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American Literary History 14.1 (2002) 32-59
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Abolition's Racial Interiors and the Making of White Civic Depth
How social order became understood in relation to the description and reform of specific types of citizens' interiority (their "natures" or "characters," emanations of the "deep" self) is a topic central to understanding how social reform affected public opinion in the nineteenth-century US and how it continues to shape American social life to this day. Michel Foucault, in Discipline and Punish: The Birth of the Prison (1977), famously places the "inward turn" of state control at the advent of modernity, a shift he characterizes as a move from coercion, punishment, and the infliction of death to pastoral benevolence, discipline, and the extension of life. These shifts, for Foucault, enhanced the possibilities for human freedom while simultaneously restricting those options by regulating subjectivity through the statistical knowledges ("norms") of human character that made accusations of delinquency or perversion greater dangers than the loss of freedom. In the US the antebellum movements for social reform played an instrumental role in the shifts Foucault describes, providing a range of discourses through which human "depth" was scrutinized for signs of social unrest. Through reform rhetoric, Americans came to see such unrest as caused less by economic or political inequality than by defects of the human will, personality, or "character." In locating the vectors of social inequality and dissent in proximity to normative "character," and by seeking to remedy social ills through the redisposition of delinquent interiority, nineteenth-century reformers, while making significant social gains for America's underclasses, simultaneously facilitated the individualizing and affect-saturation of political life.
Reform has remained oddly resistant to this analysis, however, in part because of trends in American historiography that have tended toward either/or choices: freedom or oppression, containment or liberation, revolutionaries or reactionaries. These trends have meant that Foucault's central insight--that the generation [End Page 32] of citizens' interiority is particularly restrictive precisely because rooted in discourses of freedom, increasing the possibilities of human agency while prescribing the terms through which that agency can be understood--has been made incompatible with the liberatory impulses of nineteenth-century reform. 1 Yet the frustrations often expressed by those reformers (and not just by their twenty-first-century critics), who achieved greater personal liberty for citizens abjected by class, gender, and race without accomplishing the revolutionary (that is, structural) changes they sought to precipitate, invites a reading of antebellum interiority that conceives of individual liberty and collective restriction as simultaneous phenomena. In part this reading requires that we recognize the institutions of the civil sphere, not simply as sites of popular criticism of the state, as Jürgen Habermas has suggested, but as locations where subjectivity and state interest blend into affective hybrids that create both the possibilities for independent critique and forms of self-management that limit those possibilities.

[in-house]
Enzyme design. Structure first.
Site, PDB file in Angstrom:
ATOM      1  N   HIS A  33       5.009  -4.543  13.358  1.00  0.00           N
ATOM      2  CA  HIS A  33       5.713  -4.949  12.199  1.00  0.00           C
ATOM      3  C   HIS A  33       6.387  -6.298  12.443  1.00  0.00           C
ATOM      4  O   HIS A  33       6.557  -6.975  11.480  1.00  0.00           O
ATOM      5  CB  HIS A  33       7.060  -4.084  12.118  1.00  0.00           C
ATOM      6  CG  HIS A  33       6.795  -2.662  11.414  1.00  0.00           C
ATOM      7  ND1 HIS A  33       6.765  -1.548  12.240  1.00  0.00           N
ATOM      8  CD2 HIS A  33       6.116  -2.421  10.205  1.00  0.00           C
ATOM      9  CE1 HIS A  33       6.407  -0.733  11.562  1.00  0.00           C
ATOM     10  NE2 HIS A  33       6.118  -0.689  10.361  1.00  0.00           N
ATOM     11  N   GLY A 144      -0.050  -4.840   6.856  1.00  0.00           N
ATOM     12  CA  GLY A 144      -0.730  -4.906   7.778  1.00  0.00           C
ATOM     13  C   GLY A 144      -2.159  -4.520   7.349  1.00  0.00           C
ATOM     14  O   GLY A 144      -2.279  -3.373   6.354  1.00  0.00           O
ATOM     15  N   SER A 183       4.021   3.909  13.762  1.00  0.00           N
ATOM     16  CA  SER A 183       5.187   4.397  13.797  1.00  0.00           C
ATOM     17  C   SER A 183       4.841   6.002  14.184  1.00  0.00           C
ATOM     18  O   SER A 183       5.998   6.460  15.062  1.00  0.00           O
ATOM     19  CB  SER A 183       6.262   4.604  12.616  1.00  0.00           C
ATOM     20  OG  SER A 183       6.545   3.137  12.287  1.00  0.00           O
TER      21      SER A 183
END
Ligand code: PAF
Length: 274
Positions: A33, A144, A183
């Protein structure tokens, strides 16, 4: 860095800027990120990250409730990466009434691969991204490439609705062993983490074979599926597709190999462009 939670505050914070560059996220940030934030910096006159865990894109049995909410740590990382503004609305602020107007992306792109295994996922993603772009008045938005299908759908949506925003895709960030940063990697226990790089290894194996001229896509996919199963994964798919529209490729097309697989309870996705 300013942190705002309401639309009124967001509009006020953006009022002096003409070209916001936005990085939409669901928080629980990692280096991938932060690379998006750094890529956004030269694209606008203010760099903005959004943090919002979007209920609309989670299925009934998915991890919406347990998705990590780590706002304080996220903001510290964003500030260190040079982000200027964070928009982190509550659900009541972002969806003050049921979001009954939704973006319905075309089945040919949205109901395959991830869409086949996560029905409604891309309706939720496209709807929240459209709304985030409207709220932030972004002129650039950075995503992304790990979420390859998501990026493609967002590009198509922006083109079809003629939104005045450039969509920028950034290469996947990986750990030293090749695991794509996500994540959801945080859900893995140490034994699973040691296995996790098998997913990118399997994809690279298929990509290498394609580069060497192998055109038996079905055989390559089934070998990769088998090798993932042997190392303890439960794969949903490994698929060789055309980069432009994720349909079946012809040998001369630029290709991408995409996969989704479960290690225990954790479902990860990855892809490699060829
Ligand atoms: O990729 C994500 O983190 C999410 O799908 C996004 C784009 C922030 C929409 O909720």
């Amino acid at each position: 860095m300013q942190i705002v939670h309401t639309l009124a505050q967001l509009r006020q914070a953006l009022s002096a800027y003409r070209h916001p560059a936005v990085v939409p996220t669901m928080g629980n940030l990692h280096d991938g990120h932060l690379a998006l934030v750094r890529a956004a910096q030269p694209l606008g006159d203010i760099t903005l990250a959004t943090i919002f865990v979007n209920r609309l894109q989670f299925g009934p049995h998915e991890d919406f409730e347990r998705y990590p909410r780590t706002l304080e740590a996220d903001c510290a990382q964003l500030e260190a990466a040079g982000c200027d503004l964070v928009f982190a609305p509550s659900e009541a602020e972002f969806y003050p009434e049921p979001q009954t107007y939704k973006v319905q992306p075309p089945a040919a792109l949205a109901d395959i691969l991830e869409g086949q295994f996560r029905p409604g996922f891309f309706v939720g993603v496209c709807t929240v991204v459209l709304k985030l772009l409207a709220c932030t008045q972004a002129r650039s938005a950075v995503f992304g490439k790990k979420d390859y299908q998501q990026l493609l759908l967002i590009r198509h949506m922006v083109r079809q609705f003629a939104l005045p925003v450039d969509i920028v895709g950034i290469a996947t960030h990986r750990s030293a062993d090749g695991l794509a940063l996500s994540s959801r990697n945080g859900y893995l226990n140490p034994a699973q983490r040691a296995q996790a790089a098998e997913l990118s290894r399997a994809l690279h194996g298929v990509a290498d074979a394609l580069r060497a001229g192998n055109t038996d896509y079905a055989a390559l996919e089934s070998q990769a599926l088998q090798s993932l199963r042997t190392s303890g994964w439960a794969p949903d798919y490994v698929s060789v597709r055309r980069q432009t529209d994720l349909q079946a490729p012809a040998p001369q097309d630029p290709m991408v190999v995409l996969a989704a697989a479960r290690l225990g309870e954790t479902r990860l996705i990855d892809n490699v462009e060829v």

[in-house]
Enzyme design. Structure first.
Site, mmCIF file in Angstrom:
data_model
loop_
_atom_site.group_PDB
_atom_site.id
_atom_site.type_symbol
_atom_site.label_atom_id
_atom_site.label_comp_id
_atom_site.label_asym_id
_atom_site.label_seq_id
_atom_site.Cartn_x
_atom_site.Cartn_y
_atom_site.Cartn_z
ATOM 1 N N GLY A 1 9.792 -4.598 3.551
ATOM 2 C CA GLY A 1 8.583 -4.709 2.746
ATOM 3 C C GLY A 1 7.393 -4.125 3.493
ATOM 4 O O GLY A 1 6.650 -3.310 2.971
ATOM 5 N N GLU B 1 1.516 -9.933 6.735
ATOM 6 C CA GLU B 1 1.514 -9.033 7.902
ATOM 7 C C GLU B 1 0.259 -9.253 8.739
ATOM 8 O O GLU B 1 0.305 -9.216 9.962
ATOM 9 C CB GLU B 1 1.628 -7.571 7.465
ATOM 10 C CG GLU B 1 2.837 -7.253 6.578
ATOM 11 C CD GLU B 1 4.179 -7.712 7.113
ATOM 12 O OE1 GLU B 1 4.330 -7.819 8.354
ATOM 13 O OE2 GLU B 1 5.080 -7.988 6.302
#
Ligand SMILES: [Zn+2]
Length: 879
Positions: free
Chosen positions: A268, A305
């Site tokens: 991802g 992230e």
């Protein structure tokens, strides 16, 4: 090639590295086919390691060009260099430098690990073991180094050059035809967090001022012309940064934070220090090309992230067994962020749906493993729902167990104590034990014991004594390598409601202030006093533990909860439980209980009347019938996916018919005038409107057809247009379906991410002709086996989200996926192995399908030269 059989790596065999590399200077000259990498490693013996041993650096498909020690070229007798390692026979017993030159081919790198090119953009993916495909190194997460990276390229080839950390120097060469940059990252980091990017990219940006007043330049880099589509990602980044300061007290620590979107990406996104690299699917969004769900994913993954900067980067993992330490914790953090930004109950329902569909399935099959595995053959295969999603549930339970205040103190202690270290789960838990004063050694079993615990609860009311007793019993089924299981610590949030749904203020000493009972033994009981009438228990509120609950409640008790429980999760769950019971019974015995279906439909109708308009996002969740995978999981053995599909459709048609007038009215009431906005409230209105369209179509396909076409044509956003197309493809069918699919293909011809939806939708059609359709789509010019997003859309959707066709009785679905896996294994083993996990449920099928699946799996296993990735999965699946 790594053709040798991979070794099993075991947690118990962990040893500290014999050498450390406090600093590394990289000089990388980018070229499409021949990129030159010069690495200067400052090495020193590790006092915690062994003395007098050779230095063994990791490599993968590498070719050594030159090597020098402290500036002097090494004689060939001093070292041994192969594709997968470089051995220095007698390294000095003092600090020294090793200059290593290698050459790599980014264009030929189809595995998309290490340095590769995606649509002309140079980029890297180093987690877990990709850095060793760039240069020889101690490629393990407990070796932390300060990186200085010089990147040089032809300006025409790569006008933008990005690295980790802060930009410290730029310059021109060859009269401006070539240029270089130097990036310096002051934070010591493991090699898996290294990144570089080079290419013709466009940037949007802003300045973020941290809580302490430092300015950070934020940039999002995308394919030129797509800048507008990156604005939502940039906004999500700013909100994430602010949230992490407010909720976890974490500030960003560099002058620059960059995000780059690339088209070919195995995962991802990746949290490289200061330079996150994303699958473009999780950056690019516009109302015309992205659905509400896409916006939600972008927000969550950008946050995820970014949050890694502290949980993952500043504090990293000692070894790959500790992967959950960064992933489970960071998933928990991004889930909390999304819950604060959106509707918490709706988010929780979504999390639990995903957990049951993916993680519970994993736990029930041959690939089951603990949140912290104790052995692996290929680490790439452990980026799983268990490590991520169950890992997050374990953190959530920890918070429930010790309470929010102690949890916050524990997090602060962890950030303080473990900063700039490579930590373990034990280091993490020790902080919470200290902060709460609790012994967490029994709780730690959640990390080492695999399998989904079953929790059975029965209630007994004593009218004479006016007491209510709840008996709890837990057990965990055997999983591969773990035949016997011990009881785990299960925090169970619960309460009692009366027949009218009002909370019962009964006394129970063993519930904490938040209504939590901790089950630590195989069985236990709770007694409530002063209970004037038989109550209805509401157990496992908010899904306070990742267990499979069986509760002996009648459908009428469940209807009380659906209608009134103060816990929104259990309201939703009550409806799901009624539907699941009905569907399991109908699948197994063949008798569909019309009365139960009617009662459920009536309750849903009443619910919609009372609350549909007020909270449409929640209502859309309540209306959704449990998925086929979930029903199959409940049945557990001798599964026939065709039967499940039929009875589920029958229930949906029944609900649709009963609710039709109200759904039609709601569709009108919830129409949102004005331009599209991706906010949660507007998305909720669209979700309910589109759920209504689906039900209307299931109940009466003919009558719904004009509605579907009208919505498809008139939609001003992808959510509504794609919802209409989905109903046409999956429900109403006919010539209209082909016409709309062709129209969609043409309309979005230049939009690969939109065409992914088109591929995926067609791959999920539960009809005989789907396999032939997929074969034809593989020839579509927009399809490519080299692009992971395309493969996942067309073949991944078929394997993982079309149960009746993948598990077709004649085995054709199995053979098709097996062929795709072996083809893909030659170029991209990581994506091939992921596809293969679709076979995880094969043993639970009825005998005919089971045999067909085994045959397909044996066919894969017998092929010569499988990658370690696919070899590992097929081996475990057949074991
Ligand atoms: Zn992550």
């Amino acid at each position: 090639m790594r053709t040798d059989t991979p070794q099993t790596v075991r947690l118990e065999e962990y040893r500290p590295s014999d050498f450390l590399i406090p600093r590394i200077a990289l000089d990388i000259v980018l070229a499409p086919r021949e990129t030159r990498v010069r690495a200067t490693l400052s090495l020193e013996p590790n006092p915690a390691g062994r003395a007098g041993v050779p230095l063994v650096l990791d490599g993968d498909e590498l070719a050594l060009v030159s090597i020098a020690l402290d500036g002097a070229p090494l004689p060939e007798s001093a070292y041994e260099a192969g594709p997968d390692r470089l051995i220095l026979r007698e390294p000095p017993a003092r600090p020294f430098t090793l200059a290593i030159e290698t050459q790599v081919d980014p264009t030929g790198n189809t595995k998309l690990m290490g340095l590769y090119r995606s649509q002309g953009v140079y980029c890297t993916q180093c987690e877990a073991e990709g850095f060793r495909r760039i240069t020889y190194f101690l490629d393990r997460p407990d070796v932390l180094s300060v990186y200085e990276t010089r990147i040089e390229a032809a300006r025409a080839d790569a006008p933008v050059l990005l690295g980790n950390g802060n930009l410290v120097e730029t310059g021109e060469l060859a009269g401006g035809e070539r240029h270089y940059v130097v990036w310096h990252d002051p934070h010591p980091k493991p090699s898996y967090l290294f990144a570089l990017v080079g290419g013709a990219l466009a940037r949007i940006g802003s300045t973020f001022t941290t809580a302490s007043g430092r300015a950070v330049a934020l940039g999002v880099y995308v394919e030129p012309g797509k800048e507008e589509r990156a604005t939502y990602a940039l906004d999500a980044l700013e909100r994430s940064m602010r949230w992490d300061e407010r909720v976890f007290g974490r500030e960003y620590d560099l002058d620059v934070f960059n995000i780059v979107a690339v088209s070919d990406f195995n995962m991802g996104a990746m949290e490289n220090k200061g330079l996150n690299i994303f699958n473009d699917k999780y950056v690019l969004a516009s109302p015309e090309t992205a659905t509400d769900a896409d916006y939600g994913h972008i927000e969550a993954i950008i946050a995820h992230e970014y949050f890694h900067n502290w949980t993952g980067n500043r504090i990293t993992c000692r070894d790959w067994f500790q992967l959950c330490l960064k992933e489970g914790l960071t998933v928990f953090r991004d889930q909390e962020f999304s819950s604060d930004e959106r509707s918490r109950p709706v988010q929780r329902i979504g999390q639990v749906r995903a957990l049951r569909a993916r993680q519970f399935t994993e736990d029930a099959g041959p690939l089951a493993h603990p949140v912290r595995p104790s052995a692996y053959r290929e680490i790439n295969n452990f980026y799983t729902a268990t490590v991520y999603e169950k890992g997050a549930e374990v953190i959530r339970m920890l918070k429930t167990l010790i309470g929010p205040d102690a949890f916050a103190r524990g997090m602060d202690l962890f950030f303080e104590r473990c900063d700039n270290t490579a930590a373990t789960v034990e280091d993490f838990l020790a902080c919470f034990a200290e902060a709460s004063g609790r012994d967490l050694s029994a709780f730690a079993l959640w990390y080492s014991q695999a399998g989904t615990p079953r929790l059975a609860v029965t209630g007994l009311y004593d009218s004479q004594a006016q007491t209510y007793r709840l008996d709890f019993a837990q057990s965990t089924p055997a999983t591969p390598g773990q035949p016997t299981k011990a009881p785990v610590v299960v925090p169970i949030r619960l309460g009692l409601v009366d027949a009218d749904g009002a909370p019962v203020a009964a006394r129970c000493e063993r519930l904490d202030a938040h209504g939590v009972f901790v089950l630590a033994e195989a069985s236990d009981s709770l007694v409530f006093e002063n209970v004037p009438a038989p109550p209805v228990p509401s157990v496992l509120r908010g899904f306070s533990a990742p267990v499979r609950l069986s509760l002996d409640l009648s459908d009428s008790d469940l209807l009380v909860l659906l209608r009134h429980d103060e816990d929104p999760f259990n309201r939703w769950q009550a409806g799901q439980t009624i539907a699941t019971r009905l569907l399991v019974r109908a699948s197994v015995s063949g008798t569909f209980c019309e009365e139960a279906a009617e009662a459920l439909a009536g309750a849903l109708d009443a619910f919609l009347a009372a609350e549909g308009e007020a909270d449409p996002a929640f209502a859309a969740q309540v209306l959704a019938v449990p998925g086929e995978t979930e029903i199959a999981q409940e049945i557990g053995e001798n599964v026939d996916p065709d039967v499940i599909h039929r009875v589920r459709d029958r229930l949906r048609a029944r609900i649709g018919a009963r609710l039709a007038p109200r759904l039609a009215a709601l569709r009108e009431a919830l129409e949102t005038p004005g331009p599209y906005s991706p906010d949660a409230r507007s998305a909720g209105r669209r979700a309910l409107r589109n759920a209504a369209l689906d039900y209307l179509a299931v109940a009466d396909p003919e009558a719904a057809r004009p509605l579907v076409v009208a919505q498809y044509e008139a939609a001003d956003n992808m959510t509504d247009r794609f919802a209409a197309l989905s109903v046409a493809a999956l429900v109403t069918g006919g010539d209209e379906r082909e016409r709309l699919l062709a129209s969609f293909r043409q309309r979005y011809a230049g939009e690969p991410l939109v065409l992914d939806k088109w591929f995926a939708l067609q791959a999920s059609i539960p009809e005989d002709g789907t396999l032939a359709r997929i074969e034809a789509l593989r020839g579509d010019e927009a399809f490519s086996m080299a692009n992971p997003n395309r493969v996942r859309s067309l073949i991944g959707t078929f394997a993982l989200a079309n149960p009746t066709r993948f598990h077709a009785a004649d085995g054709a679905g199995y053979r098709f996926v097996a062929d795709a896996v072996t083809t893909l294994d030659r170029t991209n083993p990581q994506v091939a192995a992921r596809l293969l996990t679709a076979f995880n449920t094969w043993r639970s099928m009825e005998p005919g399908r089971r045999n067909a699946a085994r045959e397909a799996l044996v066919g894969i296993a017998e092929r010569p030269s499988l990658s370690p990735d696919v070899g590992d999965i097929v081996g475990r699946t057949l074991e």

The nineteenth-century reform movement that most acutely experienced this bind of expansive liberty and restrictive subjectivity, and hence has found itself caught in the struggle between containment and hagiographic historiography (with a strong emphasis on the latter), is arguably the American Anti-Slavery Society. Historians have long critiqued nineteenth-century theories of innate racial inferiority that supported slavery, recognizing their seemingly objective rhetorics of phrenology and social Darwinism as instruments of social power. At the same time, more progressive theories of innate virtues, arising from racialized conceptions of interior "natures," have remained relatively unexplored, despite the fact that these theories, in many ways complementary to their more racist counterparts, have had a longer shelf life in American racial thought. To hasten that analysis, I want to examine the rhetorics of interiorization in the abolition writings of William Lloyd Garrison. I choose Garrison not because he invented the interiorizing tendency of nineteenth-century reform or even because he was its most determined progenitor. Rather, I choose Garrison because the discrepancy between structural and interiorized reform is so pronounced in his work: since his ambitions were genuinely revolutionary, the tensions generated within those ambitions...